Source: The Nation
Turkey’s crackdown on dissent extends to the country’s fractured labor movement.
Istanbul – If the presence of a two dozen riot cops blocking the entrance of the Gaziosmanpaşa Courthouse didn’t send the message, then the arrival of a water-cannon truck—slowly backing up from the Eski Edirne Motorway before fixing its aim at the civilians gathered 20 yards away—made things abundantly clear: The authorities did not want anyone here.
Eyüp Özer, an organizer and head of international relations at Turkey’s United Metalworkers Union, which is part of the Confederation of Progressive Trade Unions (DISK), shrugged off the police presence. “It’s not that unusual,” he said with a laugh. “For most of the really politicized cases, it’s actually pretty common.”
Inside the courthouse, located in a densely populated, working-class district of Istanbul, 61 construction workers were on trial for a bevy of charges: “violating the freedom to work,” “joining meetings and marches with weapons,” and “damaging property.” The accusations followed a September 14 strike over working and living conditions during the construction of Istanbul’s new international airport. That day, thousands of workers put down their tools at what’s set to be the biggest airport ever built. Shortly after the workers began a protest march, riot police launched tear gas and detained hundreds.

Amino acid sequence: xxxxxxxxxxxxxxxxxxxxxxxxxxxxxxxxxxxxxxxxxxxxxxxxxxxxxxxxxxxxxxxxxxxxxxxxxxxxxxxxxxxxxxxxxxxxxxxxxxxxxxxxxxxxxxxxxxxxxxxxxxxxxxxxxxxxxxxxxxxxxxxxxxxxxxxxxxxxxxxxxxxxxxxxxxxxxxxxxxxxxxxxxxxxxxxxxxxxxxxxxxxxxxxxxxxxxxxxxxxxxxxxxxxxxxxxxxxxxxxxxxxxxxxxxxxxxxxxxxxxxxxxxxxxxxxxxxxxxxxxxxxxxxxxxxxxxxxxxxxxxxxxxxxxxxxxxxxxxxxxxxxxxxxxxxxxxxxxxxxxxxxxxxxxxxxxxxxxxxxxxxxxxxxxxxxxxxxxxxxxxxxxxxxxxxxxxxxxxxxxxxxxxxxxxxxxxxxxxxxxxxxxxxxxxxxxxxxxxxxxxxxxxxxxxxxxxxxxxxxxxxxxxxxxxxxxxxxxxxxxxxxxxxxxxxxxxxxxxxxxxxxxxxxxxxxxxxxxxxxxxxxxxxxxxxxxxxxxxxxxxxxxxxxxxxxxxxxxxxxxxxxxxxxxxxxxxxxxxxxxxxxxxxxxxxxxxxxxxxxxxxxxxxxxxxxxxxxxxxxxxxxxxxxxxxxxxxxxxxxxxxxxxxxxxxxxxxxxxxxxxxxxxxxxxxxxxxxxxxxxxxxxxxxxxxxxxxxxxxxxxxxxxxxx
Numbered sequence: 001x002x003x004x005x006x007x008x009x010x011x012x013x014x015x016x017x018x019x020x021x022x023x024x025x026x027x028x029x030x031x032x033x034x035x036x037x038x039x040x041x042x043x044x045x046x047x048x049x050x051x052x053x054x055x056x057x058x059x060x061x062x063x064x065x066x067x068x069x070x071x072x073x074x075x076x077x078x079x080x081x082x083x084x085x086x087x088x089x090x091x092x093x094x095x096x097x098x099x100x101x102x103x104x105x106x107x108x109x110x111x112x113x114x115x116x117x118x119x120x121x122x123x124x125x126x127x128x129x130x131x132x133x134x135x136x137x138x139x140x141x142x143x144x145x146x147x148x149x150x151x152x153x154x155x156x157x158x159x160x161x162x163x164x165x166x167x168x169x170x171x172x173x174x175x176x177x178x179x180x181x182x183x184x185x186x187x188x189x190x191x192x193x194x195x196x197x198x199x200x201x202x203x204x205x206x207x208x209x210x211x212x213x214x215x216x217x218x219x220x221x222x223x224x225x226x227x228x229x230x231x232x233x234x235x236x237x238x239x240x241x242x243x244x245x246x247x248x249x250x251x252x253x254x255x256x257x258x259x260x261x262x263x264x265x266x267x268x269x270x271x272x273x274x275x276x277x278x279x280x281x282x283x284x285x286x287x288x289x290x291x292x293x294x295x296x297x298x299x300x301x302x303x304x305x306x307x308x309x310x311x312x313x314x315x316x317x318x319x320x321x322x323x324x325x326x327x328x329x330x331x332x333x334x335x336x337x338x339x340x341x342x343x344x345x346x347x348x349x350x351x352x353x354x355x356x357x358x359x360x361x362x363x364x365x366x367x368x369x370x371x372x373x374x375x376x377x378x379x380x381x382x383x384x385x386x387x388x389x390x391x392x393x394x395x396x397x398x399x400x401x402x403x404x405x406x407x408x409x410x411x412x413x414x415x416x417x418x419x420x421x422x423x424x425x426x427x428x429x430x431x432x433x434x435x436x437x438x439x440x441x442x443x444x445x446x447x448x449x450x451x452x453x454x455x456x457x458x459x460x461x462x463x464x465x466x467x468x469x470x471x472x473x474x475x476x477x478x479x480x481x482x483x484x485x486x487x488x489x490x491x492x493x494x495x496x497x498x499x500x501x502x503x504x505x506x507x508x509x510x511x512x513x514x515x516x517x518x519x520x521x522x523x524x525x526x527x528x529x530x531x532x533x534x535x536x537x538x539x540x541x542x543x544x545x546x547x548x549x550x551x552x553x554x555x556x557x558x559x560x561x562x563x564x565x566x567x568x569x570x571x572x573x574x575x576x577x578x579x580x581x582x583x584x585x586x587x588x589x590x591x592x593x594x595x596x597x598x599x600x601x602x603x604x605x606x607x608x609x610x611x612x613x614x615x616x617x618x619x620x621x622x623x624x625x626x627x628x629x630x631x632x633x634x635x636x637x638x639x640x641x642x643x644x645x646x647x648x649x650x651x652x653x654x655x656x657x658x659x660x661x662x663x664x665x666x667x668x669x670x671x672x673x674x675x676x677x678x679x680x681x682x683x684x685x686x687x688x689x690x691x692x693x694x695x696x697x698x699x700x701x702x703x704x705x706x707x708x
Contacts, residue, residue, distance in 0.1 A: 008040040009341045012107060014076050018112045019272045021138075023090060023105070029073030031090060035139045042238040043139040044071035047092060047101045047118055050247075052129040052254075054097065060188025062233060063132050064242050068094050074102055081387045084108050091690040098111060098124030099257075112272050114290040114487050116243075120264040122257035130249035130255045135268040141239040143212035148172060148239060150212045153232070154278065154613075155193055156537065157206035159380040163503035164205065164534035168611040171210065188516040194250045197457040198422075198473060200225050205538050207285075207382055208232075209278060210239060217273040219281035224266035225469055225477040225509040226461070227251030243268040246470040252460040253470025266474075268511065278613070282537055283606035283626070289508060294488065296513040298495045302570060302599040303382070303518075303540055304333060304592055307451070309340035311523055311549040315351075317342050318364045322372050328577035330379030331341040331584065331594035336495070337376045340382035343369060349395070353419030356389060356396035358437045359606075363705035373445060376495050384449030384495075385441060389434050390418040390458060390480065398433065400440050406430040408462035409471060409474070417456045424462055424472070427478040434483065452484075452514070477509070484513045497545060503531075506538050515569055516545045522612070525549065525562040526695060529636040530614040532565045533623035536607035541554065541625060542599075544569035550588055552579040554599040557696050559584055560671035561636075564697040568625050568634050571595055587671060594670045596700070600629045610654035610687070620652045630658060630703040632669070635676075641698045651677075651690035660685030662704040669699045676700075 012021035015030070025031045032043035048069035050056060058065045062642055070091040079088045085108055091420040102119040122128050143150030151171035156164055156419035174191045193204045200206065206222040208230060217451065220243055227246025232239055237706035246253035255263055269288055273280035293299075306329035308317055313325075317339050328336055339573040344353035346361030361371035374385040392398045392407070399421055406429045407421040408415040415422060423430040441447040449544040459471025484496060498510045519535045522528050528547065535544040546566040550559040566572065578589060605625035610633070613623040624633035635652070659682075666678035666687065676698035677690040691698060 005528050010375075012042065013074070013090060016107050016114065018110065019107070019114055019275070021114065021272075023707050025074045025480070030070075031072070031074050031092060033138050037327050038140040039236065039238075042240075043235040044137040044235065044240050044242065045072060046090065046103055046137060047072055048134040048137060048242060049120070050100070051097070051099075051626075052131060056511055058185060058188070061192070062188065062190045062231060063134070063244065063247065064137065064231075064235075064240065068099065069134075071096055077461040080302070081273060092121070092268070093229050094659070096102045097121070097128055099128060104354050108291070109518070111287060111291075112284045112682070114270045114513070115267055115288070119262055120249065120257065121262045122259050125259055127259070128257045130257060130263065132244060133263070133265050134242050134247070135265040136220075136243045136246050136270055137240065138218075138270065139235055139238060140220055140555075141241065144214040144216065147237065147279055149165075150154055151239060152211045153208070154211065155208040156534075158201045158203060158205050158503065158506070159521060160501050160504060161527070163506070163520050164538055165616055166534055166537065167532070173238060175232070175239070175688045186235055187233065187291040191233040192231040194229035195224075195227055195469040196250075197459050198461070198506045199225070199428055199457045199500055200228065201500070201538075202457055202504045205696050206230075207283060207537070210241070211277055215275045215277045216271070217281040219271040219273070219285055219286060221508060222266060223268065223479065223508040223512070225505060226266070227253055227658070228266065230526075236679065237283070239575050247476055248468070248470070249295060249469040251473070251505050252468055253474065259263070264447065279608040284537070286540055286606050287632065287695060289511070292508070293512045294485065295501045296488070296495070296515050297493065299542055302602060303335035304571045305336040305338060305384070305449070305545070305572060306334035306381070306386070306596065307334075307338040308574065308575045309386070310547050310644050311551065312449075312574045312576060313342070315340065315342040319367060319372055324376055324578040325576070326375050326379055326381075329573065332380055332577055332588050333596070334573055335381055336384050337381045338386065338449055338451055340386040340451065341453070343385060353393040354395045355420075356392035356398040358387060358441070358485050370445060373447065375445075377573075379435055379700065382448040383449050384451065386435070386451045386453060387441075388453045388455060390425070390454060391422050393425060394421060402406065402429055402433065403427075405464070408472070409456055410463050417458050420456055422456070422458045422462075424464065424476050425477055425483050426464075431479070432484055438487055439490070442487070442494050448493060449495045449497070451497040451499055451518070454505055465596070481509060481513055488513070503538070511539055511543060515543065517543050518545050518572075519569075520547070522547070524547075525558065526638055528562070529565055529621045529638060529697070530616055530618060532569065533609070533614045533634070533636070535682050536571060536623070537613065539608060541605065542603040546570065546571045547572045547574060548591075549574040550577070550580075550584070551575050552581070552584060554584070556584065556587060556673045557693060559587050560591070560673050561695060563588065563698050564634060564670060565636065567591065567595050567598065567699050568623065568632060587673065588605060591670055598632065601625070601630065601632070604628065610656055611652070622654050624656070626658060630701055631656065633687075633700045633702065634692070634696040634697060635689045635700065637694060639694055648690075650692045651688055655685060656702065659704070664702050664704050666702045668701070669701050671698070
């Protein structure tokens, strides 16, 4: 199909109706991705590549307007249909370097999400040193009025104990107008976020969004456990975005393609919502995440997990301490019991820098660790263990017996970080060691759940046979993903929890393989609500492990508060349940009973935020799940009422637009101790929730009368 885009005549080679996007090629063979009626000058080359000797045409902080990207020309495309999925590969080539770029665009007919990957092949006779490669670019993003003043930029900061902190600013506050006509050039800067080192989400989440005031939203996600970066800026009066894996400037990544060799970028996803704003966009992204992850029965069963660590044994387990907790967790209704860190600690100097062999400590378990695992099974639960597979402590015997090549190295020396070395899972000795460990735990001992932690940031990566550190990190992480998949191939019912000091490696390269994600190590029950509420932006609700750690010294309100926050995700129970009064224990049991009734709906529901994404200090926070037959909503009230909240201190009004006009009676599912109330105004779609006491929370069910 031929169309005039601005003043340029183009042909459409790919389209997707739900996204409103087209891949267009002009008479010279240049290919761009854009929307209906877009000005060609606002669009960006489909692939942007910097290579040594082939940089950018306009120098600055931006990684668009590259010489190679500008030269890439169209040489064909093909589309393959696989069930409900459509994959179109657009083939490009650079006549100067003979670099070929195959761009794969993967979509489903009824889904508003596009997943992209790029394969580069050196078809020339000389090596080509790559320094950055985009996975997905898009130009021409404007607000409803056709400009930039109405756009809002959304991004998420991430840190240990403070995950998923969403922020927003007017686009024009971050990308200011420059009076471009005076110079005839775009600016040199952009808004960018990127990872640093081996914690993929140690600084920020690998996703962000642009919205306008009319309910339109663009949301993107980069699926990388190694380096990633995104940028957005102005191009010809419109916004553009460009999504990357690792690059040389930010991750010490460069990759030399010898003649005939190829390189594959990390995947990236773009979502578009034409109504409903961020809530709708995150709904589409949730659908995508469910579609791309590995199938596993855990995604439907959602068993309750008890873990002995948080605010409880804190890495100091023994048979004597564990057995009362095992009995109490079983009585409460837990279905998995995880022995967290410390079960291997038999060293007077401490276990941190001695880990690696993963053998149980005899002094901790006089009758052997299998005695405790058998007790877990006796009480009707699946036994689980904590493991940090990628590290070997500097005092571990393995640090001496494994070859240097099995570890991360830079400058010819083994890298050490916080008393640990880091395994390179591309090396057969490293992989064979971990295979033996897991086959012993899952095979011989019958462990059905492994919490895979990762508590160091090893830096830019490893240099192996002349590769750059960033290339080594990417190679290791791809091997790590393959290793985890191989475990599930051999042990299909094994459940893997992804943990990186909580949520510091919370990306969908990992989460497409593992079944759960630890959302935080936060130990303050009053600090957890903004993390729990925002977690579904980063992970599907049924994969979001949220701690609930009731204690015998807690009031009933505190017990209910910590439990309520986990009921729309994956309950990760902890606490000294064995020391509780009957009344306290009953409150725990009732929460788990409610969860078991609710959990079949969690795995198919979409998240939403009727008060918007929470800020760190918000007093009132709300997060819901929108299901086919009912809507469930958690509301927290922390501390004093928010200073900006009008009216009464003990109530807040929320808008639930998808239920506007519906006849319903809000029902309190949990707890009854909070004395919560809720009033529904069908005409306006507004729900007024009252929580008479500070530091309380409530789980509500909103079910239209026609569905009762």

Trade unionists, left-wing activists, families of the workers on trial, and a few opposition parliamentarians had gathered outside the courthouse to mark the beginning of the trial. And by the end of the day, they received some bittersweet news: The judge released 31 of the accused from pretrial detention but refused to drop any of the charges.
For the DISK union that backed the strike, it’s yet another injustice—only the latest sign of the state’s crackdown on organized labor as Turkey continues its slide toward autocracy under Recep Tayyip Erdoğan, who has led the country since 2003, first as prime minister then as president. DISK seeks to unionize new segments of the population and build an independent working-class movement strong enough to deliver social justice to Turkey, but the union is running into roadblocks, from both employers and the state.